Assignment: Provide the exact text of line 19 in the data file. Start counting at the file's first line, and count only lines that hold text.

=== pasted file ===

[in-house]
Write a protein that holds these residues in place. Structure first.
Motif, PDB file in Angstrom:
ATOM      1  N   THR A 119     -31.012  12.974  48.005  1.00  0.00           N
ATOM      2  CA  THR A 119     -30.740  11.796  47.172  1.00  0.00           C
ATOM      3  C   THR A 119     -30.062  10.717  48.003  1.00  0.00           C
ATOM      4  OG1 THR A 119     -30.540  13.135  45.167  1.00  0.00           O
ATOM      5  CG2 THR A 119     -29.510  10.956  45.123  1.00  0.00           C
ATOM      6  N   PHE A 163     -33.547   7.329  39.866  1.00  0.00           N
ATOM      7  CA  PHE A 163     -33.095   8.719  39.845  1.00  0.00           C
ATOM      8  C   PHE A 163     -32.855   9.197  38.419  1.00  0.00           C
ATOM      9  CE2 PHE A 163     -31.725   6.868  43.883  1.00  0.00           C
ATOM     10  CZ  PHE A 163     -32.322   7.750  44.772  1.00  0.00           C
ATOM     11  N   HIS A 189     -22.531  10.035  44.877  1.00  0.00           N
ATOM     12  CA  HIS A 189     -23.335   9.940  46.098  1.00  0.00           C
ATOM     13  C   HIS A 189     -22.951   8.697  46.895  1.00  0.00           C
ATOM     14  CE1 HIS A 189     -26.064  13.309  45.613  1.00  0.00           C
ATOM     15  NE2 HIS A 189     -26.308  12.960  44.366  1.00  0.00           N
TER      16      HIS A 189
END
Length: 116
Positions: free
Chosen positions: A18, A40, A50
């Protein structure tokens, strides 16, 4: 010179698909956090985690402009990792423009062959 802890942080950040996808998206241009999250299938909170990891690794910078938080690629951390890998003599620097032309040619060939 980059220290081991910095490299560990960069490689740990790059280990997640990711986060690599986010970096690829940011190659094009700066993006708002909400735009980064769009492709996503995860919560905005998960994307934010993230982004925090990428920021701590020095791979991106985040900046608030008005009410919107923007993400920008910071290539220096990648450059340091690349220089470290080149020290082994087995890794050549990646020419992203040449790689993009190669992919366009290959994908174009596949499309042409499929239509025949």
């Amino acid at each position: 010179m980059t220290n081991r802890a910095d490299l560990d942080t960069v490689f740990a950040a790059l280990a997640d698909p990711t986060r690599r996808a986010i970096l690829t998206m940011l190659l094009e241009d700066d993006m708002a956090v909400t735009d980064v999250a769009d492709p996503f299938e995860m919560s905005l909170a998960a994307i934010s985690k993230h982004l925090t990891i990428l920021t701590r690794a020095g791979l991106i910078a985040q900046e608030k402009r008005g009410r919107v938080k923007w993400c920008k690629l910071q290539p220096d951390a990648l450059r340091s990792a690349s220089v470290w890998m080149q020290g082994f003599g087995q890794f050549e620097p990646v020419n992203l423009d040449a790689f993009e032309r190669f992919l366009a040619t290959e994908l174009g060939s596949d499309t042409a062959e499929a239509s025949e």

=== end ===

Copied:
TER      16      HIS A 189